How to use a reflexive pronoun

There are just two ways:

1. As the object of a reflexive verb. A reflexive verb is one whose subject and object are the same. The reflexive pronoun, serving as the object, reflects back on the subject.

I flatter myself. (direct object)

I gave myself a gold star. (indirect object)

In both sentences above, the subject I and the object myself are clearly the same thing. Easy. You would never say, “I flatter me.”

2. To give its antecedent special emphasis. The antecedent is the word that the pronoun stands in for. Reflexive pronouns used in this way are often referred to as intensive pronouns. By restating their antecedent, they intensify it—lending force to the whole sentence. In each example below, herself emphasizes its antecedent, Laura.

Laura herself made the same error. (restates the subject)

Laura made the same error herself. (restates the subject)

You can attribute that error to Laura herself. (restates the object)

Two things to ask yourself before you use a reflexive pronoun in this way:

Do you actually need the emphasis? That depends on context. The examples above stress the fact that I, Laura, made the error. If we’re talking about an error of grammar, the emphasis makes sense, because you might not expect a professional writer and copy editor to make such errors. Alas, she does. The emphasis of the reflexive pronoun says, “Even Laura made that error.”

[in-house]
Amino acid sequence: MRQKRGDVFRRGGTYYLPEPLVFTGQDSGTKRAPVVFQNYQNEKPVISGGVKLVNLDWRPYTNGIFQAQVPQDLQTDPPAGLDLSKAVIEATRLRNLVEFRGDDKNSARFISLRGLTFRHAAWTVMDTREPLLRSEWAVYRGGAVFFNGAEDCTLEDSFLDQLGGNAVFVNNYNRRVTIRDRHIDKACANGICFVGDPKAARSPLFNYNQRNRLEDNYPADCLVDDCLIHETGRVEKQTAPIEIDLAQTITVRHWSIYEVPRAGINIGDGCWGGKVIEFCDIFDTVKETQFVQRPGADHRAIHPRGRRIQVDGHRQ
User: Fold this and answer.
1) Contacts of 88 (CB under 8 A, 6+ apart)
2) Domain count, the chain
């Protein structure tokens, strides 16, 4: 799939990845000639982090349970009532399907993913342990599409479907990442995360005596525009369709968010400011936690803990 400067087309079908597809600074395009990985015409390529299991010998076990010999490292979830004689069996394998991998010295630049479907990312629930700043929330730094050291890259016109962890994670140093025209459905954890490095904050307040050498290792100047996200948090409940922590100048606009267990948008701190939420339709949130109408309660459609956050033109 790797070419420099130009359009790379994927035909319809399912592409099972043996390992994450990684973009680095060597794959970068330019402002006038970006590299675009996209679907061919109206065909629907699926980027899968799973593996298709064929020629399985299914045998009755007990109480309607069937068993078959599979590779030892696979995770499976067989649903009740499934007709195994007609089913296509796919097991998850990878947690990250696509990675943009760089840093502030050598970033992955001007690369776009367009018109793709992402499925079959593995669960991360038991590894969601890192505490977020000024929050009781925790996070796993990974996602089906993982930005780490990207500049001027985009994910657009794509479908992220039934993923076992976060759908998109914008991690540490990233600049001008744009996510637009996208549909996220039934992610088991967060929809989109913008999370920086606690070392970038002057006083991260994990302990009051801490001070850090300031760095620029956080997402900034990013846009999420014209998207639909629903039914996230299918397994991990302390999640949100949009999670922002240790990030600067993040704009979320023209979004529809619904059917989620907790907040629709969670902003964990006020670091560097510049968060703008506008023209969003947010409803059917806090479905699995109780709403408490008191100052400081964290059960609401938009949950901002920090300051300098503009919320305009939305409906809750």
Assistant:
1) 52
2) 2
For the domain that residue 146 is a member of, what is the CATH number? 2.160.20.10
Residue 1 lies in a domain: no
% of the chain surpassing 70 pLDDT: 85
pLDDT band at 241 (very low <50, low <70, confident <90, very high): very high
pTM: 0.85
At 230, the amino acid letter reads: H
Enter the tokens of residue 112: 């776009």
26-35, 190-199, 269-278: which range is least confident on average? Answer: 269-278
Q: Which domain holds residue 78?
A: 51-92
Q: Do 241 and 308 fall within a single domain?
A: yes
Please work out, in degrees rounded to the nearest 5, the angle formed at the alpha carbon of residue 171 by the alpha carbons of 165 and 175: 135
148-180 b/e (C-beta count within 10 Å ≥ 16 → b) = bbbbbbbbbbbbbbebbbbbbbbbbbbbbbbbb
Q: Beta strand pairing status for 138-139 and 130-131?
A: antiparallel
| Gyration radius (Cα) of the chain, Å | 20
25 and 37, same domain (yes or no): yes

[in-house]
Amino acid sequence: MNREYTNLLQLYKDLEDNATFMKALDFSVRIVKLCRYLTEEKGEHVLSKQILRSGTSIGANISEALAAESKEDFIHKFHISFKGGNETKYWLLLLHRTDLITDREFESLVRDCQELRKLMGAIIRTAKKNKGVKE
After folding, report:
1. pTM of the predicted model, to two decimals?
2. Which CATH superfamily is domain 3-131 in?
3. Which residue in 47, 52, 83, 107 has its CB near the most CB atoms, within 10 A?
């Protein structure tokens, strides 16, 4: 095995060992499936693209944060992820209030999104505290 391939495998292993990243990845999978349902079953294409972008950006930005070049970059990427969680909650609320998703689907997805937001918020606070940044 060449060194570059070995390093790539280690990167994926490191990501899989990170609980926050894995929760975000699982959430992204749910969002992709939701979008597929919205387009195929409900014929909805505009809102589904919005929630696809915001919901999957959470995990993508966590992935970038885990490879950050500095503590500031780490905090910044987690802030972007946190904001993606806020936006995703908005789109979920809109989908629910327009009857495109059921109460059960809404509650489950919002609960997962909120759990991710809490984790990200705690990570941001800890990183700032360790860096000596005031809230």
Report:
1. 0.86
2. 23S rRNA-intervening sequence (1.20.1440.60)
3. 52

If so, are you emphasizing the right thing? If you put your reflexive pronoun in the wrong place, you might write something you don’t mean.

Wrong: Each of these trials is an interesting study of the judicial system itself.

Right: Each of these trials is itself an interesting study of the judicial system.

See the difference? It’s the trials that we want to emphasize, that we find to be interesting studies, not the judicial system.

Wrong: The dog could easily get over the fence itself.

Wrong: The dog itself could easily get over the fence.

Right: The dog could easily get over the fence by itself.

Here, no emphasis is intended on either the fence or the dog. (BTW, if you go to YouTube looking for dogs jumping fences, as I made the mistake of doing, you will find tons of footage of dogs conquering fences. Even Dachshunds! And then you will become further distracted by all the other dog videos. Just read on!)